The production companies behind Dallas Buyers Club, I Feel Pretty and Colossal are taking internet service providers to court for allegedly facilitating mass piracy of their movies.
Verizon Wireless, AT&T and Comcast were hit with copyright lawsuits accusing them of turning a blind eye to customers who illegally distribute and download pirated films. The production companies seek to force the internet providers to implement policies that provide for the termination of accounts held by repeat offenders and to block certain piracy websites.
The trio of complaints filed throughout September, with the most recent filed Tuesday in Pennsylvania federal court, come from Voltage Pictures, After Productions and Ammo Entertainment, among others. Two law firms, Dovel & Luner and Culpepper IP, are representing the production labels.
The internet providers knowingly contributed to copyright infringement by their customers, the lawsuits claim. Plaintiffs say they sent Verizon, AT&T and Comcast hundreds of thousands of notices about specific instances of infringement. They claim, for example, to have sent over 100,000 notices to Comcast concerning the illegal downloading of I Feel Pretty using its services. The lawsuit seeks to hold the internet providers liable for failing to investigate.
“Comcast did not take meaningful action to prevent ongoing infringements by these Comcast users,” states the complaint. “Comcast failed to terminate the accounts associated with these IP addresses or otherwise take any meaningful action in response to these Notices. Comcast often failed to even forward the Notices to its internet service customers or otherwise inform them about the Notice or its contents.”
The internet providers, therefore, vicariously infringed on plaintiffs’ movies since they had the right to terminate the accounts of customers who violate copyright law, the suit alleges.
The Digital Millennium Copyright Act, passed in 1988, criminalizes services intended to circumvent measures that control access to copyrighted works. It provides protection from liability for services providers.
But the production companies argue the internet providers don’t have safe harbor under the law since it only shields companies if they’ve adopted and implemented policies that provide for the termination of accounts held by repeat offenders.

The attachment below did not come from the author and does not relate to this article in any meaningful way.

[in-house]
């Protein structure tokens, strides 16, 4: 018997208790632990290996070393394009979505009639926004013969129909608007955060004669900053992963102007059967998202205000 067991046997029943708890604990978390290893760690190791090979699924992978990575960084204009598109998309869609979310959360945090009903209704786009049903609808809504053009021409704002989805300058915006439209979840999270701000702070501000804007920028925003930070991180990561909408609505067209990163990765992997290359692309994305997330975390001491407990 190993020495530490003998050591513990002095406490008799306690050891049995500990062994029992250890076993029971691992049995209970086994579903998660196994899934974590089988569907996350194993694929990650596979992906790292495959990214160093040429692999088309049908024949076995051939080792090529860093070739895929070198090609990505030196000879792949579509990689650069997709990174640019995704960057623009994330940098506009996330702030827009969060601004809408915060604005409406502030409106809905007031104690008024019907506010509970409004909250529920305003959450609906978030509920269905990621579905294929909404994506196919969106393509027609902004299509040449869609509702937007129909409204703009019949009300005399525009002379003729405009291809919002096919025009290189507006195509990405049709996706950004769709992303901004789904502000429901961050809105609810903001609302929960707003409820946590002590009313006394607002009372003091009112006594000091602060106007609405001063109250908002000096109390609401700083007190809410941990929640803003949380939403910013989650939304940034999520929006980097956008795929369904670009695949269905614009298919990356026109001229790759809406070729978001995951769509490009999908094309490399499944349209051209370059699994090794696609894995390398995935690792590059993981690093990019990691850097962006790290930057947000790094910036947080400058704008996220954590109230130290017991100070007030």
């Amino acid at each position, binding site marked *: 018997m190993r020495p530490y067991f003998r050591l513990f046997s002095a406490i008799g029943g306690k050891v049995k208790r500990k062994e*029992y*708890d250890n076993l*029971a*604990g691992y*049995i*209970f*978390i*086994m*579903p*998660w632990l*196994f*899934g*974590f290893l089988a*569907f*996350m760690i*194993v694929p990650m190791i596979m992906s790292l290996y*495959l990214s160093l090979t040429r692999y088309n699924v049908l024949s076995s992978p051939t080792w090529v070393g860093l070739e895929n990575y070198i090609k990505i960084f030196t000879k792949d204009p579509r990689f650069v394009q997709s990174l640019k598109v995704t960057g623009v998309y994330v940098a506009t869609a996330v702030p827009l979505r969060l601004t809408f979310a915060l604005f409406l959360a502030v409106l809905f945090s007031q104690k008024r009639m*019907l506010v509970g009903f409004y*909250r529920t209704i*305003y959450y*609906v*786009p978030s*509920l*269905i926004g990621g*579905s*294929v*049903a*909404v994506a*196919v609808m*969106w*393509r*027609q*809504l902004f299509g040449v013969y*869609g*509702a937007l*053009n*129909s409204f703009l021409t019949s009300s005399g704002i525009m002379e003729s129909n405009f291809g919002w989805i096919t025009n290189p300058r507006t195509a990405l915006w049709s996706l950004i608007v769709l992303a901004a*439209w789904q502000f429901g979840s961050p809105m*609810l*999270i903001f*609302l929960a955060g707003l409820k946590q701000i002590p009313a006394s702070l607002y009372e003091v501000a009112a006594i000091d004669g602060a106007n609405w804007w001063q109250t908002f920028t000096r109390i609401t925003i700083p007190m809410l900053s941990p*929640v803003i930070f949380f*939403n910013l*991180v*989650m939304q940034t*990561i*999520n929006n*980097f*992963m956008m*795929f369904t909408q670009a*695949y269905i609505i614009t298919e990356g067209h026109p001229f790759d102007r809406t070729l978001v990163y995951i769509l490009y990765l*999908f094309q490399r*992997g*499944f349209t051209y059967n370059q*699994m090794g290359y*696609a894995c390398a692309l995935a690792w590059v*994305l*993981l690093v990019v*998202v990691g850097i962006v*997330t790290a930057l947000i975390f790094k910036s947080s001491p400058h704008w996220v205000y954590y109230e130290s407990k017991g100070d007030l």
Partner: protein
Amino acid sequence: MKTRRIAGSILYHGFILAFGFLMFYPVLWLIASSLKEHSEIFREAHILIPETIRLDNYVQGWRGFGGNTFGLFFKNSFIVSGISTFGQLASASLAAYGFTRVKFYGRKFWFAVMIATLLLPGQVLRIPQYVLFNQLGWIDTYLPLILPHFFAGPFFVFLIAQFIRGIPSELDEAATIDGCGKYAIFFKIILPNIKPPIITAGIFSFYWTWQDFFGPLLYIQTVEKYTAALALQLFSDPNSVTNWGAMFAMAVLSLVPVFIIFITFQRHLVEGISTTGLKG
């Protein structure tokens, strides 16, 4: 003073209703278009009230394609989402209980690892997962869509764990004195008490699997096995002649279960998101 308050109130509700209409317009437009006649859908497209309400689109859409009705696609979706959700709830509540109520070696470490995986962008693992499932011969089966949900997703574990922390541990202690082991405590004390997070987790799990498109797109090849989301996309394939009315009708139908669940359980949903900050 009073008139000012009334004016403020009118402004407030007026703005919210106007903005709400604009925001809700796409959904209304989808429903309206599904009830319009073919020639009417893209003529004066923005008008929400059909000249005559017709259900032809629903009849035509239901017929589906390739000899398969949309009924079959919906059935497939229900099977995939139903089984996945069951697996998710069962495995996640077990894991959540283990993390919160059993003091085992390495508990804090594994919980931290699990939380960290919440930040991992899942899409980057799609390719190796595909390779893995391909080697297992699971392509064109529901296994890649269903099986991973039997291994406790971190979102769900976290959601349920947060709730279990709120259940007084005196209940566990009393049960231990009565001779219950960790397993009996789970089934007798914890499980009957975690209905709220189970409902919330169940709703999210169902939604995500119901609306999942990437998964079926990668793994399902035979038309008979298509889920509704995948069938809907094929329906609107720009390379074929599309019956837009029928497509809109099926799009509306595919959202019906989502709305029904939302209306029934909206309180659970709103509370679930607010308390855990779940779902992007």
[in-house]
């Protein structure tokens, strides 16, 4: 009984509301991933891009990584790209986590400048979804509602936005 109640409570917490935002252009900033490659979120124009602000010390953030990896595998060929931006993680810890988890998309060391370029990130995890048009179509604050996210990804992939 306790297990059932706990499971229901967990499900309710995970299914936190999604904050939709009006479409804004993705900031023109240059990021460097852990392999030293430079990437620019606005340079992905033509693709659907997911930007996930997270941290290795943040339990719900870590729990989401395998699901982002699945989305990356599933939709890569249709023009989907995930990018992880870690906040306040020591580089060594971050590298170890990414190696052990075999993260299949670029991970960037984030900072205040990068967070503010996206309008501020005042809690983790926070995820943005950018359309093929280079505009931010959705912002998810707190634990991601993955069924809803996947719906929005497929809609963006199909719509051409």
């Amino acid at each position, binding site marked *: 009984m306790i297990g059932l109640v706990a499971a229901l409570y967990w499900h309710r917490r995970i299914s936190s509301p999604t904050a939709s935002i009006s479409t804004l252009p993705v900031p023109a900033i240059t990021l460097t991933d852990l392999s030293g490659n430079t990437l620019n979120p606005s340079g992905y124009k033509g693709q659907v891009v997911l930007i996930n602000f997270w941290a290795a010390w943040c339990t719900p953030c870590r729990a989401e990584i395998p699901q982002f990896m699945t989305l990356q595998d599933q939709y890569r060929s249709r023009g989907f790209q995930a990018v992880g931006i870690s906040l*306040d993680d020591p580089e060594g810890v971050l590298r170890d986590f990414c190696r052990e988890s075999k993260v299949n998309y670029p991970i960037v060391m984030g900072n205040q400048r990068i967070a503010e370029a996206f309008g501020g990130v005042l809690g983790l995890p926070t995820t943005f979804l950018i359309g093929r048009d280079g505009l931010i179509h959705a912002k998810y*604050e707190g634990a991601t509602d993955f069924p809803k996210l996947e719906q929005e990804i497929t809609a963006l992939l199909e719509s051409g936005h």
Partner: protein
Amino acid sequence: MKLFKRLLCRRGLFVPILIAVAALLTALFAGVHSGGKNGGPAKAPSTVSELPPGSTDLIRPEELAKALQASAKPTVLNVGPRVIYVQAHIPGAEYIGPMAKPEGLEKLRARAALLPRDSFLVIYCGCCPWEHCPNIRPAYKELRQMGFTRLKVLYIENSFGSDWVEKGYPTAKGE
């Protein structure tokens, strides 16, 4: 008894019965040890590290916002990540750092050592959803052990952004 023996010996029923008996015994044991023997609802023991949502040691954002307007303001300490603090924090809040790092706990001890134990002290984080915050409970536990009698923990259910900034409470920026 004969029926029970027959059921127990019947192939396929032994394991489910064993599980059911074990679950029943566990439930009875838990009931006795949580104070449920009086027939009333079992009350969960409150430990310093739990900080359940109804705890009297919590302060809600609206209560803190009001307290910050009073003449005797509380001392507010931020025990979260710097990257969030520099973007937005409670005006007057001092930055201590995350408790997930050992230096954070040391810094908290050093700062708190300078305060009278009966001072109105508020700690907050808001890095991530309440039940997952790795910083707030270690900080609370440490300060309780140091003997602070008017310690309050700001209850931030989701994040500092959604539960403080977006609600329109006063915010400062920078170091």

The lawsuit says none of the internet providers maintains policies that mandate ousting customers who repeatedly receive notices of copyright infringement. Under AT&T’s policy, a subscriber’s receipt of multiple copyright alerts is only a factor used by the company in determining whether to terminate services. Comcast says under its policy that it will boot repeat infringers but only counts the number of violations a customer receives in a single month rather than counting the total number of violations. Verizon’s policy, in comparison, makes it overly burdensome for production companies to notify it of instances of copyright infringement and does nothing about pirating even when it’s aware, the lawsuit claims.
“Verizon did not terminate customer accounts even if it received information about a high number of repeat infringements at those customer accounts,” the complaint states. “For example, Verizon Communications Inc. has allowed hundreds of infringements to occur at certain accounts, despite receiving at least as many notices of infringement regarding those accounts. And Verizon users have reported receiving multiple infringement notices from Verizon without having their accounts terminated.”
AT&T, Comcast and Verizon didn’t immediately respond to requests for comment.
Voltage has a history of suing to protect its intellectual property. In 2014, it sued dozens of people who pirated Dallas Buyers Club, which was nominated for best picture at the Academy Awards the year prior. Several were forced to accept four-figure settlements. The company followed up by suing Grande Communications, an internet provider in Texas, last year for failing to address illegal downloads.